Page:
Dragon Symbolism, Mythology & Folklore
Dragons hold a special place in all of mythology and folklore. These enchanted creatures sit at the top of the food chain and have inspired many different meanings and myths.
Dragons as Creator, Sustainer and Destroyer. The Australian Aboriginal Rainbow Serpent has appeared in art as far back as 6000 years. Attributed with the creation of the earth from the void and the human creation, Rainbow Serpent continues to play a role in Aboriginal culture and art. Aido-Hwedo, the African creator snake purportedly created the rivers and streams with his serpentine coils, and the mountain peaks with his excrement. Numerous other dragons are present in creation lore and have inspired writers, artists and travelers from Leonardo Da Vinci to Marco Polo. The dragon is credited with the creation, maintenance, and the destruction of the earth. War and pestilence are familiar territory for the dragon.
Dragons as Sentinel and Protector. Dragons are associated with the dead in Scandinavian myth and in England, they were believed to have guarded over graves. In the West, dragons were viewed as fire-breathing sentinels who guarded treasure, and their fiery red eyes were said to reflect those treasures.
Dragons as Divine, Spiritual and Mystical. Revered by many, despised and feared by others, the dragon was said to exist some place between the demon and the Devil in the Christian faith, but in the East, the dragon was a benevolent son of heaven, and controlled the elements of air, water and fire.
Dragons as Rulers of the Elements. With power over fire, rain, and the earth, as well as enemy of the sun and moon, dragons have strong ties to each of the elements. In China, four main Dragon-like beings or Lun-Wang dragons were believed to live in a Crystal Palace in one of the universal seas. Thought to bring rain, even flooding upon the land by both the Chinese and the Norse, many myths represent the dragon near water and forested areas. In both Eastern and Western mythology, the dragon is believed to be responsible for eclipses.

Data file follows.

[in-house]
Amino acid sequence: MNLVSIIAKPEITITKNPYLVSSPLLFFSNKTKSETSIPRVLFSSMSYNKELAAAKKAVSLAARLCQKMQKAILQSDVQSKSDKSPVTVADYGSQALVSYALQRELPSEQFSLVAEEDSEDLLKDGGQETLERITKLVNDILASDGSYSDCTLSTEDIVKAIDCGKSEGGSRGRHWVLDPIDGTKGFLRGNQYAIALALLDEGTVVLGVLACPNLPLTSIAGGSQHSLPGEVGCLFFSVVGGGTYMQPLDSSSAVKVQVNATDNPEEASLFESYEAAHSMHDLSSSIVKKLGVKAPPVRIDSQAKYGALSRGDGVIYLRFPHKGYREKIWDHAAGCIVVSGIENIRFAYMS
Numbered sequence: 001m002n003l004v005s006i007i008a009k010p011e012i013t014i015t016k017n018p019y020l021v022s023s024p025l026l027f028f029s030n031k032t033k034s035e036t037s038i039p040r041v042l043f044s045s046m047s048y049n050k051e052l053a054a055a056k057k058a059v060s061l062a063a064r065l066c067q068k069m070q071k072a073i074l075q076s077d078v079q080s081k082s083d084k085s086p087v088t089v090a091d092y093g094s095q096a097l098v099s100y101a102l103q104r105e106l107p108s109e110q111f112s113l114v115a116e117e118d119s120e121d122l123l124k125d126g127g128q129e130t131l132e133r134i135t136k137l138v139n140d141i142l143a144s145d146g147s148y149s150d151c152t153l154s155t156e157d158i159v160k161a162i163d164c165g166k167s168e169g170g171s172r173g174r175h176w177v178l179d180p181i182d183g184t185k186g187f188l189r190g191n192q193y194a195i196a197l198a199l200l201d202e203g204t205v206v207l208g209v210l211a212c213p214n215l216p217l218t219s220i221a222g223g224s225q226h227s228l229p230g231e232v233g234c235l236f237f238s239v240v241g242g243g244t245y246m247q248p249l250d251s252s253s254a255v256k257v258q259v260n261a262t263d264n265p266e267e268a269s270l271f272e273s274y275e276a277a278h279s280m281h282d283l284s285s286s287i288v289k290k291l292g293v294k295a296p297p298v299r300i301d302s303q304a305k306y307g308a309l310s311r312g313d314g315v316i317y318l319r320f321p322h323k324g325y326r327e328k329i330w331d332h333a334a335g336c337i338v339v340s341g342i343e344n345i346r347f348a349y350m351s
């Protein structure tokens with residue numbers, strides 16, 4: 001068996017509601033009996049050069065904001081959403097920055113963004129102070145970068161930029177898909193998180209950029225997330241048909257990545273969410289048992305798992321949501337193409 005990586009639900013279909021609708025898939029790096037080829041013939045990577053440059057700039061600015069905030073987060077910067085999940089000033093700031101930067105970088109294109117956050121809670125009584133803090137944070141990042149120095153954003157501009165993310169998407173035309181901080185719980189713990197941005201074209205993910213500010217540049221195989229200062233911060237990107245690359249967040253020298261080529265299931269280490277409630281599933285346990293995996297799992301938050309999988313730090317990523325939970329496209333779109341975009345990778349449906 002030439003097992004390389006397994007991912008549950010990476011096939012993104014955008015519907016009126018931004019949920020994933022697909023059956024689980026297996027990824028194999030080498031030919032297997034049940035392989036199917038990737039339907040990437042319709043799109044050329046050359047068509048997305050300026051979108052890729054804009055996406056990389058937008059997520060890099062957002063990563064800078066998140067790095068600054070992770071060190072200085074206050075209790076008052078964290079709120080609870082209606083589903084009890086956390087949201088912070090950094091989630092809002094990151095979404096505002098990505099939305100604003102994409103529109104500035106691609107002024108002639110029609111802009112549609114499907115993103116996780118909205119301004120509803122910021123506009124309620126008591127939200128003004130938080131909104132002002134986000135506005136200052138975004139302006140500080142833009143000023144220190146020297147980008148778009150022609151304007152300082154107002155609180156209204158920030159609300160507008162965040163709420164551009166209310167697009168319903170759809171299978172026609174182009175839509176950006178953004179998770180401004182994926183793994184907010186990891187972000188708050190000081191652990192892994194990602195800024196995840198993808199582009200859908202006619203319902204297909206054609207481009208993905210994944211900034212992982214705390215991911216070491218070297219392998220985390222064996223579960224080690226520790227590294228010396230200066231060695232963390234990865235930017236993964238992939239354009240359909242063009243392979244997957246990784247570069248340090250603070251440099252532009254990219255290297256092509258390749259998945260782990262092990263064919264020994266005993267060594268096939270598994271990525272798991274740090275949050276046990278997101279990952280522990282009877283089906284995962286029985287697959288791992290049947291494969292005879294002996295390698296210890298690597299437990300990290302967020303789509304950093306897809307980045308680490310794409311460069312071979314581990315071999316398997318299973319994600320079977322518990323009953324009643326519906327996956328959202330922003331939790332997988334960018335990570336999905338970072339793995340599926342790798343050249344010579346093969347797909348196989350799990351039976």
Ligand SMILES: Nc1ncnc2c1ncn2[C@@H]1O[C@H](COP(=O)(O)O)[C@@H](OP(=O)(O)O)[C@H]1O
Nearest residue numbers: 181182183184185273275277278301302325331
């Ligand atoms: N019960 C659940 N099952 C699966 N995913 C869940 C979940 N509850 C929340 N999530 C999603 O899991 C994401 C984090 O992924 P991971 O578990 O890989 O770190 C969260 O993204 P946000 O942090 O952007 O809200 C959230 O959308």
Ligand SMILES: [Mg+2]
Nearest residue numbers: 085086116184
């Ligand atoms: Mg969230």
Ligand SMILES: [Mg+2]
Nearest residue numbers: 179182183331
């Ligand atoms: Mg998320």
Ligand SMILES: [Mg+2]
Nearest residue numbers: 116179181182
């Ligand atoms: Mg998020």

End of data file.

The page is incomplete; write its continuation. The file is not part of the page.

Dragon tattoos can represent greed. The dragons have been noted as the king of bringing out the worst in humankinds nature, in particular greed. Dragons are known for hoarding wealth and often will capture a beautiful maiden.
Dragon Tattoo Designs Representing Physical Prowess and Protection. In Greek mythology, the dragon protects the spring of Ares (god of war). The first emperor of China, Shi Huangdi, took the dragon as an emblem of his power. Some believed dragons to be the ancestors of ancient emperors.
These are but a few of the hundreds of mythological sightings and significations of the dragon tattoo design. In short, dragons never die. They live on in our myths from one culture and generation to the next, leaving intrigue in their wake. From the underwater Loch Ness Monster to the serpentine entity Charlie, spotted from time to time in the Payette Lakes of North Idaho, there continue to be hundreds of miscellaneous sightings of strange dragon-like creatures throughout the world. Real or imagined, there is no denying their impact!